Why Freeze Blueberries?
In this article I am going to show you how easy it is to freeze blueberries.
Either way there will be times when there are more berries in your fridge than you can reasonably eat. And who wants to waste money?
Freezing blueberries can help you to stick to your goal of eating more locally grown produce and do it year-round.
Supermarket blueberries in the summer come from the U.S. but are rarely locally grown. And they will never taste as good as locally grown blueberries.
In winter blueberries are flown in all the way from South America. That is a long way to travel and they definitely do not taste as good as fresh and local in season blueberries.
Imagine throwing a handful of frozen blueberries into your oatmeal in the middle of winter. They taste so sweet and help you look forward just a little bit to the warm and sunny days of summer.
Let’s learn how to freeze blueberries.
Can You Freeze Blueberries?
It’s a fair question. Some fruits freeze better than others.
Yes, you can freeze blueberries. They hold their shape and keep their flavor when frozen. The only negative is that they can become a bit mushy if you let them defrost. You’ll hardly notice that in cereal, oatmeal or a smoothie.
When you learn how to freeze blueberries you can enjoy them year-round. The process is easy; a few minutes of prep work pays dividends for many months to come.
How Do You Freeze Blueberries?
First the fun part. Buy some local blueberries at the farmers market or go blueberry picking. Then just follow these three simple steps.
Once you arrive home, try and freeze your blueberries that same day. This helps to lock in all the nutrients that are present when the berries are at the peak of their freshness.
Do NOT rinse your blueberries before you freeze them.
Why? Because blueberries have a whitish waxy coating which makes them appear a little dull in color. This is a natural substance is called bloom. You will probably now also start to notice this same substance on grapes and plums.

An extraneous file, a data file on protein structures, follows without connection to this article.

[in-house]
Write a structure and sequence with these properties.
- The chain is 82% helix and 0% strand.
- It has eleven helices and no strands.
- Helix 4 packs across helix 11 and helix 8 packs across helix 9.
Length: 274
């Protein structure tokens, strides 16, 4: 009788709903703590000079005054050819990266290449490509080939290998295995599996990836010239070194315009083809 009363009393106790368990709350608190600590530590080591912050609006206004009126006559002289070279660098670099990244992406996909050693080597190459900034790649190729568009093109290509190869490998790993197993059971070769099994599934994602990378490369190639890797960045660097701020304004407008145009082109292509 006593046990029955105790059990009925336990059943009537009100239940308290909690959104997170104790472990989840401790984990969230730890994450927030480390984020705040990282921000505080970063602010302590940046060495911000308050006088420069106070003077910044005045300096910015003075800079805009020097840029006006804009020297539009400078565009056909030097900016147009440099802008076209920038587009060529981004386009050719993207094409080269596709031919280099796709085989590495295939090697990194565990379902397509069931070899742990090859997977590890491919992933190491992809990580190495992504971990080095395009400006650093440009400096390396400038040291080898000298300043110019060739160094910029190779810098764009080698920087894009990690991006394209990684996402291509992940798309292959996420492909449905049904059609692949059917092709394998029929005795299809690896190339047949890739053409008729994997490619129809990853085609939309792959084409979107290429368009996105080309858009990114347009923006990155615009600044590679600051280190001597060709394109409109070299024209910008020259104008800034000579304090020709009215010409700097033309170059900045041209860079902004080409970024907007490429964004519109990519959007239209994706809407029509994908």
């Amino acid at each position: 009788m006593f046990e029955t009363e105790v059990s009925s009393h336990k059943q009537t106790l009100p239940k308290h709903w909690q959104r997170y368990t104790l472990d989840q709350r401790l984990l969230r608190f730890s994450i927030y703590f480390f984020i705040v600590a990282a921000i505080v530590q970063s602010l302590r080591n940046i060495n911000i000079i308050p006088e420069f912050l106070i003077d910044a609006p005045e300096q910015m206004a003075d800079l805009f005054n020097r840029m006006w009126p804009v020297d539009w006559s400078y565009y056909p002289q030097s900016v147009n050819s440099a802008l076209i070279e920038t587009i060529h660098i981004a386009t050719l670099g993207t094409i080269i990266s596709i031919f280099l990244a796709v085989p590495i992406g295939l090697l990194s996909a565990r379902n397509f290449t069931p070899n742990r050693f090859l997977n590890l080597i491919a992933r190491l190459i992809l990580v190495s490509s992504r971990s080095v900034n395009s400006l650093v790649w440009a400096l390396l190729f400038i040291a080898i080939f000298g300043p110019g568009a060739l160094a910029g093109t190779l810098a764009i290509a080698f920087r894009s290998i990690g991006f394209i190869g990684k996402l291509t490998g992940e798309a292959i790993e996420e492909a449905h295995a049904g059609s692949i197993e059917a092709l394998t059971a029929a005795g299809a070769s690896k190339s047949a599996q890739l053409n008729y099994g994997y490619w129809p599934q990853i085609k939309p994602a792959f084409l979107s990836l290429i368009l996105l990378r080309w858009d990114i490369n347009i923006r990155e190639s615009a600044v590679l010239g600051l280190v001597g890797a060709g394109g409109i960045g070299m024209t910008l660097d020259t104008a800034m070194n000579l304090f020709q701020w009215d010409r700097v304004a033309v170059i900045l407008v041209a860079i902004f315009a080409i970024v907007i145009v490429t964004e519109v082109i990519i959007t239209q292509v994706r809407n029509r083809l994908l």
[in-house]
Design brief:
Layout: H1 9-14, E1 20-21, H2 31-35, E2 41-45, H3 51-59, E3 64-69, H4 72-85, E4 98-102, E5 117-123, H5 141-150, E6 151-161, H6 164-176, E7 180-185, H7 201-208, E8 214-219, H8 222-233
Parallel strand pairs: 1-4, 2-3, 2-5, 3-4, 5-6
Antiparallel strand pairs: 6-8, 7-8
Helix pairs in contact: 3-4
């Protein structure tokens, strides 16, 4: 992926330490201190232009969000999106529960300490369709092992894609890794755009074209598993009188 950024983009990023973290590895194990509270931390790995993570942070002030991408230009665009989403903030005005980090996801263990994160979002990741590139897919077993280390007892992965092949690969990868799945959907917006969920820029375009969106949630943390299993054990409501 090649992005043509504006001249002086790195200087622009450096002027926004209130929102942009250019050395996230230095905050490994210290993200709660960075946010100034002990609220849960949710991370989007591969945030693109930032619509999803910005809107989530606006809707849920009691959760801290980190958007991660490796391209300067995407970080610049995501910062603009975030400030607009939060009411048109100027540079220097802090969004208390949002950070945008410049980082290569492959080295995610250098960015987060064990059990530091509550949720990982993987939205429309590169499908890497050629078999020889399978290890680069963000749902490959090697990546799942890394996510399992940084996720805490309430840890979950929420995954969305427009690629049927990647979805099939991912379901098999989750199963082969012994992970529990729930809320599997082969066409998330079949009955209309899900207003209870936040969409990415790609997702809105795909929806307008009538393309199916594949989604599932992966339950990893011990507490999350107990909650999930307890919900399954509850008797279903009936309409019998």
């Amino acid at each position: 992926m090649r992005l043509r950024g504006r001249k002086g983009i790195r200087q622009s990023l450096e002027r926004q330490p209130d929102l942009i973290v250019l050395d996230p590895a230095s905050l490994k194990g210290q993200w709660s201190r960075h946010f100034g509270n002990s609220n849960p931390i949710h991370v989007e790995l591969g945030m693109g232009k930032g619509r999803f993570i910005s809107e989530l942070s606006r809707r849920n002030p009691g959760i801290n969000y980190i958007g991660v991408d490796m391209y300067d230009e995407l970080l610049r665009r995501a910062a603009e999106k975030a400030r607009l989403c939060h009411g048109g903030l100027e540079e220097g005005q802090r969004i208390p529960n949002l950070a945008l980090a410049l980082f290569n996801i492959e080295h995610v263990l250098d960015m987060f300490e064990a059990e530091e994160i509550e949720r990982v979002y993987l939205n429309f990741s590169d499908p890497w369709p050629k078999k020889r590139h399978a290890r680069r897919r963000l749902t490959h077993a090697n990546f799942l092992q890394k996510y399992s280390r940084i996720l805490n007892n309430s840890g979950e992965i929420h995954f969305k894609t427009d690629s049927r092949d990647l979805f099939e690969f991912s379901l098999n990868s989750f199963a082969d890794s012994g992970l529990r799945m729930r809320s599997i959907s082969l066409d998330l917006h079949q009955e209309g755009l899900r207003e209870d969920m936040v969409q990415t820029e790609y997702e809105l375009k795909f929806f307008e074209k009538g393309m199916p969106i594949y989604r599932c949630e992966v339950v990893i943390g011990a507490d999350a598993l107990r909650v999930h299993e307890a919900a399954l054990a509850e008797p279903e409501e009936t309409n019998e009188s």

Bloom is safe to eat and acts as a barrier that helps protect the fruit against bacteria. The bloom keeps the berries fresh and helps prevent berries from sticking together when you freeze them.
Spread your blueberries out on a cookie or baking sheet. Use one with a small edge to keep the blueberries from spilling everywhere.
Next pick out all the green berries, leaves, and white/purple colored berries that aren’t quite ripe. Also look for soft and mushy berries that are overly ripe and remove those as well.
Put the bad berries back in the container. If you compost dump all of the discarded berries into your compost bin once you finish step 3.
Place the cookie sheet into your freezer. Wait about 24 hours then transfer the blueberries into a Ziploc bag.
Make sure you remove any rogue stems or other items you might have missed. You won’t want to toss those into your oatmeal when you are half awake at 6 am on a cold December morning.
Place the bag of frozen blueberries back into the freezer. Frozen berries will last for six months in a traditional freezer. If you tend to freeze then forget use a marker to date the bag before it goes in the freezer.
Frozen blueberries will last much longer if you have a deep freezer or a second fridge that you do not open as often. Opening and closing the freezer is what causes freezer burn. When I store blueberries in the deep freezer they will last for a full year.
Frozen blueberries are super easy to add to your food. Toss a handful from the freezer bag right into your hot oatmeal or other hot cereals. The blueberries will cool off the hot cereal so that it can be eaten right away.
If you are going to add them to cold cereal, put a handful of frozen berries in a small bowl of water for about five minutes while you prepare breakfast.
Other great uses for frozen blueberries include adding them to breads or other baked goods. And of course they work great in smoothies.
Another fun suggestion – try using a handful of frozen berries as ice cubes to add some flavor to your water. Or eat them plain for a cold and crunchy sweet treat.
Every delicious bite you take of these yummy blueberries on a cold winter morning will help you enjoy a little taste of local summer. It will also help make the wait until next year that much shorter!
Yes! Spread dry berries out on a cookie sheet. Remove any loose seeds and stems then place the cookie sheet in the freezer for 24 hours. Move the frozen blueberries into a Ziploc bag. Keep them in the freezer until you need them.
No. Fresh blueberries are covered in a white waxy substance called bloom. This substance protects against bacteria and keeps the berries from sticking together when they are frozen.
Frozen blueberries will last for six months in the freezer. If you have a deep freezer that is not opened as often, frozen blueberries will last a year or longer. That is if you do not eat them all first!